So if you ever encounter someone who tries to sell you salvation, don’t buy into the scam – forgiveness has already been bought by the blood of Christ, the Saviour, the unblemished lamb, and this remission of sins is given freely and abundantly to all who are truly repentant of their sin and turn to trust in him.
Faith and Works
The Catholic Church later gave up their indulgences – but they still didn’t get it quite right. While the Reformers held the view that sinners are justified by true saving faith to which faith is the vehicle for producing good works, the Roman Catholics believe that faith and the performance of good works are necessary to be become justified.
In the Canons and Decrees of the Council of Trent, Canon xi on justification states that:
If any one shall say, that men are justified either by the sole imputation of the righteousness of Christ, or by the sole remission of sins, to the exclusion of the grace and the charity which is shed abroad in their hearts by the Holy Ghost, and is inherent in them; or even that the grace, by which we are justified, is only the favour of God; let him be anathema. 
(“anathema” means “denounced and excommunicated”)
But the Reformers were convicted of their view of salvation from the view of the New Testament authors themselves, who taught a view that is contrary to what the Roman Catholics confess:
“Yet we know that a person is not justified by works of the law but through faith in Jesus Christ, so we also have believed in Christ Jesus, in order to be justified by faith in Christ and not by works of the law, because by works of the law no one will be justified.”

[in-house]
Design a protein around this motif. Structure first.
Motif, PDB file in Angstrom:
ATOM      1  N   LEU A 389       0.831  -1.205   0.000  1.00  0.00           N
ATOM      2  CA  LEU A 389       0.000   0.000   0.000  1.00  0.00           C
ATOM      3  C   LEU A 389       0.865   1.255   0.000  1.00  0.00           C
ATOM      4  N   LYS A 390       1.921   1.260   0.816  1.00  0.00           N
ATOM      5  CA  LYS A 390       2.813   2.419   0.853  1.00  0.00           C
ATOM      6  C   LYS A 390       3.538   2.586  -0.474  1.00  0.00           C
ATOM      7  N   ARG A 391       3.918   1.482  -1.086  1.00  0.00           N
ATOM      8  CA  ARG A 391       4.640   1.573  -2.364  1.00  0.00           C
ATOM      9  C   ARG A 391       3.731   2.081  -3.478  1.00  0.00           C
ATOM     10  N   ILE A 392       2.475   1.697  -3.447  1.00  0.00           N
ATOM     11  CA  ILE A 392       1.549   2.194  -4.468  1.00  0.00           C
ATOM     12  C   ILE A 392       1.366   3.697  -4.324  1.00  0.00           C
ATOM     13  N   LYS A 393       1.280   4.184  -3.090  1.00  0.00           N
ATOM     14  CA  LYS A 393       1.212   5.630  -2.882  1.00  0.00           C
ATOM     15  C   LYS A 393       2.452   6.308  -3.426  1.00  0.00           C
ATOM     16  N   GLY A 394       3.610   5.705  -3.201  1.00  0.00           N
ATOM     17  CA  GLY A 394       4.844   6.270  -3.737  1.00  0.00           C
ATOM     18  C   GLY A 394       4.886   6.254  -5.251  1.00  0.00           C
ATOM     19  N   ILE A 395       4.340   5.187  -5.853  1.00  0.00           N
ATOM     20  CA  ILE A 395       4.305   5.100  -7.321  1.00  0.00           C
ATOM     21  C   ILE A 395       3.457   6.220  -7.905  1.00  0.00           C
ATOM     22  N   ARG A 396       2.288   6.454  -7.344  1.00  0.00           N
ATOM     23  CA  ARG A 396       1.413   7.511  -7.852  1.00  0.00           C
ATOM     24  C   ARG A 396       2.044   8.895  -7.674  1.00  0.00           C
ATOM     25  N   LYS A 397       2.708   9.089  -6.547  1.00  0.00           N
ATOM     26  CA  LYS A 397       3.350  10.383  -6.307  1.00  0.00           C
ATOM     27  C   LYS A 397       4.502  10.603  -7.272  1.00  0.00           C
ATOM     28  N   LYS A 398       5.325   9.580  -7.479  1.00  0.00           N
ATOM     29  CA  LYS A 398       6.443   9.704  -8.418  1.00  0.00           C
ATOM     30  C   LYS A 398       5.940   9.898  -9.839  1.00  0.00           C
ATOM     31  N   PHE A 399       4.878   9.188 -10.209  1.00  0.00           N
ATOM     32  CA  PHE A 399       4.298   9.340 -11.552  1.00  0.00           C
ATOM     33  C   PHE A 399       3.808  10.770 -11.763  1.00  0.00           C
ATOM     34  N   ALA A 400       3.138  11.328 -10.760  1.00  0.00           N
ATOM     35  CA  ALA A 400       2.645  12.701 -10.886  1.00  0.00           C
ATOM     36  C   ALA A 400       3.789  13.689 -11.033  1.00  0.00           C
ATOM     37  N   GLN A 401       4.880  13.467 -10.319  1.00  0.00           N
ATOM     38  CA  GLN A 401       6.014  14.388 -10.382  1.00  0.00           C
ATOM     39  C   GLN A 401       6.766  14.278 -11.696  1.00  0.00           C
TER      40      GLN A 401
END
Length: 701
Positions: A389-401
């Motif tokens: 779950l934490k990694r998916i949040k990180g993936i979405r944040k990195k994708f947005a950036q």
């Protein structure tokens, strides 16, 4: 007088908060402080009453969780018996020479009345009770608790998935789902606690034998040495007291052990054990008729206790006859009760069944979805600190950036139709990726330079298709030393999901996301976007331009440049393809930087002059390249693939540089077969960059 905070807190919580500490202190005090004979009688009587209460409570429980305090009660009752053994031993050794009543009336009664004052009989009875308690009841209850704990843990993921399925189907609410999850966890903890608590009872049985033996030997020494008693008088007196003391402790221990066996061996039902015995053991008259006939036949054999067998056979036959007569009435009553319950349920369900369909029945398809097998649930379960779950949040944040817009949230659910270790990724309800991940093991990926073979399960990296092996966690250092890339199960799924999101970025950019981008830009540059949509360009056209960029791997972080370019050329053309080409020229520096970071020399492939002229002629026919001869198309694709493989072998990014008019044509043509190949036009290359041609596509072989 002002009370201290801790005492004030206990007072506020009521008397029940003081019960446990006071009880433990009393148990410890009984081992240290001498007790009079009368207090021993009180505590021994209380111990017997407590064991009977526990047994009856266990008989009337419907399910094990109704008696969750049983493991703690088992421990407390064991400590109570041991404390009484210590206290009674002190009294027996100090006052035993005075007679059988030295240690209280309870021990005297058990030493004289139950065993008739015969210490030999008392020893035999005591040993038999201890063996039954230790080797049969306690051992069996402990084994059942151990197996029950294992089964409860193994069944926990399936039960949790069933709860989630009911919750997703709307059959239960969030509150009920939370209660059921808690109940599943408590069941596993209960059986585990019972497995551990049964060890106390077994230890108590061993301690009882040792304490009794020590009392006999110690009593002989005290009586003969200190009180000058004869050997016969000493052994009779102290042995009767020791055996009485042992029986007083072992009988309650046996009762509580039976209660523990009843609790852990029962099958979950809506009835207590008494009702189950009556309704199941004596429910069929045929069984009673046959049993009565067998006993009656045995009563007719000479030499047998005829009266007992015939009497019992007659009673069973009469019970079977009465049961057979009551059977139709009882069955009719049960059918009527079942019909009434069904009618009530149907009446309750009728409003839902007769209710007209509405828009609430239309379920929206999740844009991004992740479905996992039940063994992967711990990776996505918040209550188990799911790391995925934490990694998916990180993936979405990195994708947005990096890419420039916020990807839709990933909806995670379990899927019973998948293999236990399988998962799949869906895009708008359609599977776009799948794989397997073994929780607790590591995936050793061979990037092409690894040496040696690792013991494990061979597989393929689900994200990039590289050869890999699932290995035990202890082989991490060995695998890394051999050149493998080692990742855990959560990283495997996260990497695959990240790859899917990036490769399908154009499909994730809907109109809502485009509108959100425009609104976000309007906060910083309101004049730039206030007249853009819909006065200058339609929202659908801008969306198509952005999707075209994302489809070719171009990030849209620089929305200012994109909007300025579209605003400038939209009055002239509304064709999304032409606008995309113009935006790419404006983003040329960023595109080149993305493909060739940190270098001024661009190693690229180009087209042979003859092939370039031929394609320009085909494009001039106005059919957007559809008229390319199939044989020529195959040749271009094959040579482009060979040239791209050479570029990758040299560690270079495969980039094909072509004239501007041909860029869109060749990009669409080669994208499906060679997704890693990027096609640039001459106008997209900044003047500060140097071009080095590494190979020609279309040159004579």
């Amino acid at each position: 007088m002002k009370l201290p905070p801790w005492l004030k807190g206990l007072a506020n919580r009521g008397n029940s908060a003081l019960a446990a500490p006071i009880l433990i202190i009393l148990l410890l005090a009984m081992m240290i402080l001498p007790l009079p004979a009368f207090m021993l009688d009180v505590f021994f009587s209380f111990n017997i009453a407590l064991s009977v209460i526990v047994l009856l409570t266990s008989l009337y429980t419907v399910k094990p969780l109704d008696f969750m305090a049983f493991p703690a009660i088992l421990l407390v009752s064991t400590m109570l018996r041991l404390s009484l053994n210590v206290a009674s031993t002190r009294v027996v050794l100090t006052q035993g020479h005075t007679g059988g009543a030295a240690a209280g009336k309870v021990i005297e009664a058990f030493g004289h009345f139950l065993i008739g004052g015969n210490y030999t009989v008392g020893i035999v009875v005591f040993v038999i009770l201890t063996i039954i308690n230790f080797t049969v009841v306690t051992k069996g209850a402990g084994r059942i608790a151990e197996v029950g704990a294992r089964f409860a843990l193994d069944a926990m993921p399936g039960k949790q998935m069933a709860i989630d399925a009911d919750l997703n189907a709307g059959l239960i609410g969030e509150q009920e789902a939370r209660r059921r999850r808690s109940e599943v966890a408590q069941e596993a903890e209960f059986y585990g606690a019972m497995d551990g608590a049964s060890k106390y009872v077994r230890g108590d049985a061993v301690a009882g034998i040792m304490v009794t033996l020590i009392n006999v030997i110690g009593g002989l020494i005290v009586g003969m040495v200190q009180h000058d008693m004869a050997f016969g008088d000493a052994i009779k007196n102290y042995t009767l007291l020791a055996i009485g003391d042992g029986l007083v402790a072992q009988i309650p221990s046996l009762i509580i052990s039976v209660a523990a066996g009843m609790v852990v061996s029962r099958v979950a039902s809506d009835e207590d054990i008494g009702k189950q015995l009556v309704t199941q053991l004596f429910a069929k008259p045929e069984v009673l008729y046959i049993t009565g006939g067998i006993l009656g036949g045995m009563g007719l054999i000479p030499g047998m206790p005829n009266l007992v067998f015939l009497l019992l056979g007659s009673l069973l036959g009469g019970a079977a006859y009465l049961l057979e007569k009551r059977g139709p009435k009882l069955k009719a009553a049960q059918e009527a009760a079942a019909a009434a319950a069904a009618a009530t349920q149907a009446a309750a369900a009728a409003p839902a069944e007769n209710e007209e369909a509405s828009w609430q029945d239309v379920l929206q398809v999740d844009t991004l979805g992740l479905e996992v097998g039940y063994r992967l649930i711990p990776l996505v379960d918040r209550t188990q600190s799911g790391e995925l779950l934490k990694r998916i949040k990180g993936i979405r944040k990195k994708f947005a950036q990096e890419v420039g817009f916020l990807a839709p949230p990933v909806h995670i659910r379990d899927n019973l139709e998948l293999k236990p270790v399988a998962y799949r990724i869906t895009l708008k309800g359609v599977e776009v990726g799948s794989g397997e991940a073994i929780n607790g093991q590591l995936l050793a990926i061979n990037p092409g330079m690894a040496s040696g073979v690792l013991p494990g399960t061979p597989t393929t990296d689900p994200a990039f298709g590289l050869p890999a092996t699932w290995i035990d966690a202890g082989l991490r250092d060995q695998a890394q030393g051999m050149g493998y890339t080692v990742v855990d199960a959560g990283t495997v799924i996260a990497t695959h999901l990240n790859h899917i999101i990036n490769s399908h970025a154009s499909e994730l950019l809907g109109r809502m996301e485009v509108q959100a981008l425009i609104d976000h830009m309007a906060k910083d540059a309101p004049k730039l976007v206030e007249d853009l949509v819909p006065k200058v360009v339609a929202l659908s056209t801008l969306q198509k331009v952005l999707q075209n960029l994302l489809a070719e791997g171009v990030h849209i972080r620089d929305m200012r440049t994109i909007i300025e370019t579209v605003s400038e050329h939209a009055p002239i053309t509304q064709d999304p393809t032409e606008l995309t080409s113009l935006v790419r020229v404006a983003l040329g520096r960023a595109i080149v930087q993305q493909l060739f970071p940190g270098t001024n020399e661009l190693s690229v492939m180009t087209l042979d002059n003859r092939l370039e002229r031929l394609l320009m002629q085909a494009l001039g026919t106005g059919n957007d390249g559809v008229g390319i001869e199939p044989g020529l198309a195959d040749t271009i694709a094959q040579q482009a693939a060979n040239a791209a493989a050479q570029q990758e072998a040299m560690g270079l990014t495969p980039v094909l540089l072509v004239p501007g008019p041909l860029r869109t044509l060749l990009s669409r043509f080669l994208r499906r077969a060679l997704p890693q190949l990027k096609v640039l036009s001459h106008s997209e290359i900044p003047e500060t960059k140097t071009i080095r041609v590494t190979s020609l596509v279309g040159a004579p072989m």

According to Paul, there are no good works that we can do that will make us right with God – we can completely rely on what Jesus has done to be justified.
Assurance of Faith
Because our righteous standing before God doesn’t depend on how good our works are or how much money we are able to fork out of our wallets to purchase salvation, we don’t have to feel anxious or fearful that we might lose our right standing with God when we do something wrong before His eyes.
Instead, we can always look back to the cross where Jesus died in our place for our sin. We are right before God, because we trust that Jesus died in our place for all our sins – that is the only way that people can be made right with God.
When Jesus comes for the final judgement, we can be sure that we will have eternal life with him because we are justified by faith alone.
 – Catechism of the Catholic Church, 2nd ed; Libreria Editrice Vaticana; 2012 <http://www.vatican.va/archive/ENG0015/__P4G.HTM>
 – Canons and Decrees of the Council of Trent, Buckley, <https://en.wikisource.org/wiki/Page:Canons_and_Decrees_of_the_Council_of_Trent_Buckley.djvu/75>